Balance is really important in the Dutch culture, not just balancing five kids on a bicycle, but also balancing modes of transportation and balancing development with the natural landscape. My first impression is just amazement at how everything really works together. Everyone here understands how things mesh and flow in order to maintain a smooth operation. Designs feel really intentional and place priority on bikes and pedestrians whereas in the US there’s often priority given to cars and then pedestrians and then bikes are thrown into the mix. Over here, there is every type of facility from cycle track to advisory bike lanes which show that transportation is really ruled by bikes.
Balance and intention are two key elements that I would like to return home with. I feel like we could all use more of this in our infrastructure system as well as in everyday life. At the delta tour, he emphasized how balance played a part in the way the country developed with the natural environment by working with it rather than in spite of it; he also talked about the importance of balance in wanting to pay more money now in order to protect from the physical and psychological damage flooding would cause. There’s also a delicate balance in the infrastructure system, usually allowing all modes to operate cohesively, either by separating or integrating based on what is safest for the most vulnerable user. If this mindset of balance could be implemented in the US maybe people could use the infrastructure at all socio-economic levels and simultaneously improve emotional well-being with safer transit, fresh air and open space. Intention is another key aspect of Dutch culture especially in design where they try to think about how a system will be used before implementation. Touring the train station, we learned that the bike parking facility is used as a major through street for cyclists and they provided a tunnel for easier use of this movement. They also consider multiple users at roundabouts by not just giving bikes the priority in separated roundabouts, but also by providing vehicles with adequate space to stop for bikes and then again space to stop for approaching vehicles. Providing that space may be costly but it shows intentional effort to accommodate all users in a safe and efficient manner. This example of intentional space is shown below in figure 1.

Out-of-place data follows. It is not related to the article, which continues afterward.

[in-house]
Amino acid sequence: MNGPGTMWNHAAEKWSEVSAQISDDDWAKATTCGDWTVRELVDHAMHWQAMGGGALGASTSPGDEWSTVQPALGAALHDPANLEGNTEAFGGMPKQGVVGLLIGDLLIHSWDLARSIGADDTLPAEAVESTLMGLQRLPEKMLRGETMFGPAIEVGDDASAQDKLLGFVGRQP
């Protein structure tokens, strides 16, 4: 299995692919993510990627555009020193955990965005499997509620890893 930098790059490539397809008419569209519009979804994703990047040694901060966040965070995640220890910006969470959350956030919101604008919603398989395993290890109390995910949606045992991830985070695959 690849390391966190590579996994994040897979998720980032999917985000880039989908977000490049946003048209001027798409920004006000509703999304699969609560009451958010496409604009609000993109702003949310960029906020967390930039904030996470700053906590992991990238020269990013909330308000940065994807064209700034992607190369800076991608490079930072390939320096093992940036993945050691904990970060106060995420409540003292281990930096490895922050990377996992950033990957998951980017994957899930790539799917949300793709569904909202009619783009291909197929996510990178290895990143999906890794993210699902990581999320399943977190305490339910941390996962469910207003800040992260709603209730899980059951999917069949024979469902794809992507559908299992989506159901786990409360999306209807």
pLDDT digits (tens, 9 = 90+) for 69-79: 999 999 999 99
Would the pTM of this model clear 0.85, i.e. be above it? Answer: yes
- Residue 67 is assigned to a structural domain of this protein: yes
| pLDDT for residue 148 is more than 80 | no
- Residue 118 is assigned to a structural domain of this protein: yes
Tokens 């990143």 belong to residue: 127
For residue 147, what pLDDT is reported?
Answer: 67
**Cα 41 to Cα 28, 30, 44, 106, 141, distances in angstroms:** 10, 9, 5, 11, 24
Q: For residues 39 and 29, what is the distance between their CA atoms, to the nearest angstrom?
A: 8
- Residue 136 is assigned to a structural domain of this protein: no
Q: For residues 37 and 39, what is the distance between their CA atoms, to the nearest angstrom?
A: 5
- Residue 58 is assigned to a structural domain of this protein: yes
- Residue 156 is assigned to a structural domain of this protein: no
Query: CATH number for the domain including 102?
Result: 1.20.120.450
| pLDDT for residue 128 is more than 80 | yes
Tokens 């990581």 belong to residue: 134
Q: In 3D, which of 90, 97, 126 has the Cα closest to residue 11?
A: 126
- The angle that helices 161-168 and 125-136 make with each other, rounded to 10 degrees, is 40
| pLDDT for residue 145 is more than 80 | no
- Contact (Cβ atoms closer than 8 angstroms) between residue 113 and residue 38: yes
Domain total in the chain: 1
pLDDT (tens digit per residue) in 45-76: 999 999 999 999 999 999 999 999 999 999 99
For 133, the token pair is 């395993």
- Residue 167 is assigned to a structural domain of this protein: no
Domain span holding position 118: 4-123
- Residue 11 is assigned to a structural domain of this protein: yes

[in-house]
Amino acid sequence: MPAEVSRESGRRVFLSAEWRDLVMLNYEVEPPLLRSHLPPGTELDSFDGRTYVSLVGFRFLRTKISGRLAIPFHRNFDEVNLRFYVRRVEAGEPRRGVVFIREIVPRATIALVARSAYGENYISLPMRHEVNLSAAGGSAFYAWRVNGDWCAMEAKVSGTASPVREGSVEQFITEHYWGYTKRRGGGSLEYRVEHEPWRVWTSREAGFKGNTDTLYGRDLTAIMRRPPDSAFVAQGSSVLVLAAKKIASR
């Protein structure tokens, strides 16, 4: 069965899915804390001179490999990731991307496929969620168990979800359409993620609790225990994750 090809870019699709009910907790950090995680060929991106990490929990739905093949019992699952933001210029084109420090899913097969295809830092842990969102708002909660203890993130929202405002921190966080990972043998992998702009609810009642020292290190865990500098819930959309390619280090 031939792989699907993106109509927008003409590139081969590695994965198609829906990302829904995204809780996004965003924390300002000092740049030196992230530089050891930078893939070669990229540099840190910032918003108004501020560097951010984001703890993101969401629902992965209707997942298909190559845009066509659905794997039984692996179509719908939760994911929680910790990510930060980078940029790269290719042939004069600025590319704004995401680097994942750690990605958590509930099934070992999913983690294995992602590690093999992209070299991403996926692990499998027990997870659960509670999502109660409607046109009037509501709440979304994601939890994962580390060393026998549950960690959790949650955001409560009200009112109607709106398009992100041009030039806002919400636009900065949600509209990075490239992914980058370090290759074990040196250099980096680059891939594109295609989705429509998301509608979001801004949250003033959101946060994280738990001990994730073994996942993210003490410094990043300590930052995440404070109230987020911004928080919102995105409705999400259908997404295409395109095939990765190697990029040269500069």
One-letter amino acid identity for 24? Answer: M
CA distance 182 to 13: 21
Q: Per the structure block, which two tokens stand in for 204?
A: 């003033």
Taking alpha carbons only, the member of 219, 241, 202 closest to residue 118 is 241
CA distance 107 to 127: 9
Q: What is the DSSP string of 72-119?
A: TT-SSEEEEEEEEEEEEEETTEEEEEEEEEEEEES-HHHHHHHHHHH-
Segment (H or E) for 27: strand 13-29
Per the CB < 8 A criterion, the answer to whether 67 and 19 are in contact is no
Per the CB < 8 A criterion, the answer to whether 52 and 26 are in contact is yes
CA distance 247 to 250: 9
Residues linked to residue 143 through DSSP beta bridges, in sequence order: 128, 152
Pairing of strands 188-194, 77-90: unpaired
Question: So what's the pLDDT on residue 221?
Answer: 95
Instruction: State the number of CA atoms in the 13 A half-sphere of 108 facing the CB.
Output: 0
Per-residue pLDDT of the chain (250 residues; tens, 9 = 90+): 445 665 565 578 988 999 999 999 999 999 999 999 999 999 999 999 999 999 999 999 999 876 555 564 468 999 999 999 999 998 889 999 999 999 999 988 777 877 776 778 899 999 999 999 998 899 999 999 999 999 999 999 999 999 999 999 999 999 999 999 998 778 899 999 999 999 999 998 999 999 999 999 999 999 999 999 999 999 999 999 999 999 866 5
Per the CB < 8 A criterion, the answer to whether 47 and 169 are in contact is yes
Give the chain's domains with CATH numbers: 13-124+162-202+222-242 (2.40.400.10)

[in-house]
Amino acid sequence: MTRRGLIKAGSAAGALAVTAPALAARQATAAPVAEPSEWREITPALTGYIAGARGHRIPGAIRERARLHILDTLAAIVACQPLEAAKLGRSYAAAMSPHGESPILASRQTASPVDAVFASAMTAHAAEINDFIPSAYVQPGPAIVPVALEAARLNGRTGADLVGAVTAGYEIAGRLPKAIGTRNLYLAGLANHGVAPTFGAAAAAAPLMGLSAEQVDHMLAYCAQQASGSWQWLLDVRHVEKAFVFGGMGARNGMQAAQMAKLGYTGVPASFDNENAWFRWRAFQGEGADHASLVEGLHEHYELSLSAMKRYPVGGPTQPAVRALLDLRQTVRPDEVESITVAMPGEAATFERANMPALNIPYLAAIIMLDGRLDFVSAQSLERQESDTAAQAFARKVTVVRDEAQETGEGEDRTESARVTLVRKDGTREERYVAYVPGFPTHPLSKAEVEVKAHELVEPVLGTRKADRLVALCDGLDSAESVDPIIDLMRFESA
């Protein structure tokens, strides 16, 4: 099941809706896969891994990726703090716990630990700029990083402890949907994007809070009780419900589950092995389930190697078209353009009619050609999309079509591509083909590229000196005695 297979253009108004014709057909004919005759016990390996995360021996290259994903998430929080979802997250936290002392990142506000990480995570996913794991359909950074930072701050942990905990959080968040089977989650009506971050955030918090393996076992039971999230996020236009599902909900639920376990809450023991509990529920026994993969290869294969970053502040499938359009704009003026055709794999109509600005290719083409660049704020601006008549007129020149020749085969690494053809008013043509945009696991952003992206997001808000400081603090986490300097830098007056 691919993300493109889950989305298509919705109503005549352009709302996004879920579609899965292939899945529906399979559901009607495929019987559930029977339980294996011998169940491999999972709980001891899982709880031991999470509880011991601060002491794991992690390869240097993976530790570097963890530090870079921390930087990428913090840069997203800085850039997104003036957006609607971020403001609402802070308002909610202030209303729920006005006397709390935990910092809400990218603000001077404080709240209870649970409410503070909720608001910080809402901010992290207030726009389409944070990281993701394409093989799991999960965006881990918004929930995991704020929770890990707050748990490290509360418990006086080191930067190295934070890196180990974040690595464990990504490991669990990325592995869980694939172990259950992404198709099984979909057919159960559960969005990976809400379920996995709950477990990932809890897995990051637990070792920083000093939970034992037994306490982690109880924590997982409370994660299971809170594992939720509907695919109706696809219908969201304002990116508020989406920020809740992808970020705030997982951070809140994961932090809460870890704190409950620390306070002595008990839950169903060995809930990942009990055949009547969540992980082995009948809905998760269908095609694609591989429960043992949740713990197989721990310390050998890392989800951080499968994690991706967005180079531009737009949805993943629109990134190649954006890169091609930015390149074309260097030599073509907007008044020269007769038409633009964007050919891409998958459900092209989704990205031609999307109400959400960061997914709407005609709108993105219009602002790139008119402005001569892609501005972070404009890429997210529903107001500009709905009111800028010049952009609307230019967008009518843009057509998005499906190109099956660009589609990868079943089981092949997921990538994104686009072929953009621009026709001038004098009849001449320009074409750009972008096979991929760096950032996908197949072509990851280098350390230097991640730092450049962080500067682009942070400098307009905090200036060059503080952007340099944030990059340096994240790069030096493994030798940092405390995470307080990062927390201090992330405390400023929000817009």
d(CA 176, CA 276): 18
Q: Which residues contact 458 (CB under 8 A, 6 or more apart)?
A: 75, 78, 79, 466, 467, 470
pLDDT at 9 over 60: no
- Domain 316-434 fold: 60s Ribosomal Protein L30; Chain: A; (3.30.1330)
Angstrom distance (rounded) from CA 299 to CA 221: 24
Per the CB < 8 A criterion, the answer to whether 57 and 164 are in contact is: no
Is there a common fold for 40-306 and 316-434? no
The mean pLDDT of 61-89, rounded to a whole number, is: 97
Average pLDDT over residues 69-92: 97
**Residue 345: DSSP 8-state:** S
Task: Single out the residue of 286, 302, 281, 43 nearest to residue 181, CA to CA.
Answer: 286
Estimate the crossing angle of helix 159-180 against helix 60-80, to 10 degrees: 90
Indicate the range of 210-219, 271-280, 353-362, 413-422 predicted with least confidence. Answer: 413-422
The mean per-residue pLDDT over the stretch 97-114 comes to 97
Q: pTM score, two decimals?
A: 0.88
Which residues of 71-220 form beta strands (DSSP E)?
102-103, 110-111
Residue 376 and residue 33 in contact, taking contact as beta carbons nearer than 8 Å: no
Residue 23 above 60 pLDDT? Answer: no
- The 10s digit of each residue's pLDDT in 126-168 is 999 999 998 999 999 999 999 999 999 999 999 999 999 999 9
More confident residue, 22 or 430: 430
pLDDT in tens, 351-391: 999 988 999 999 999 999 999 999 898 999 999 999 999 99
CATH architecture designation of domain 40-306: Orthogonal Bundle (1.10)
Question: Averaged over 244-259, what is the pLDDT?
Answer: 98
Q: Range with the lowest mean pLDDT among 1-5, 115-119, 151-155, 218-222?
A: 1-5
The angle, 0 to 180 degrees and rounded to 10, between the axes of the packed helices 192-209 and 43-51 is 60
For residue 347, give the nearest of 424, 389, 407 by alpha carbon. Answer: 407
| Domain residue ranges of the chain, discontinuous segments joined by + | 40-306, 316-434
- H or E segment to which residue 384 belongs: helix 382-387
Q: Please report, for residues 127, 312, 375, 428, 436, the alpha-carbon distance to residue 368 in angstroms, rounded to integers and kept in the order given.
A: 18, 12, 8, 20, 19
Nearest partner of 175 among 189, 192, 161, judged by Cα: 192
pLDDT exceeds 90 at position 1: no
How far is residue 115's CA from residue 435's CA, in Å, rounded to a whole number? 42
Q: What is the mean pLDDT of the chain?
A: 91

Figure 1. Multi-directional Roundabout
I think providing intentional designs promotes cycling and proves that cycling is king in this country. Similar intentions are shown in the plans for the Delft train station future plans with their plans to incorporate more mixed use space. They think far ahead and try to shape the area to be a place for everyone. This sort of intention focused on future use would be great to bring home with us. Roads are intentionally designed for vehicles, with striping and signage intentionally placed, but I would love to see more intentional planning for future use and all modes rather than just the current planning primarily for vehicle traffic.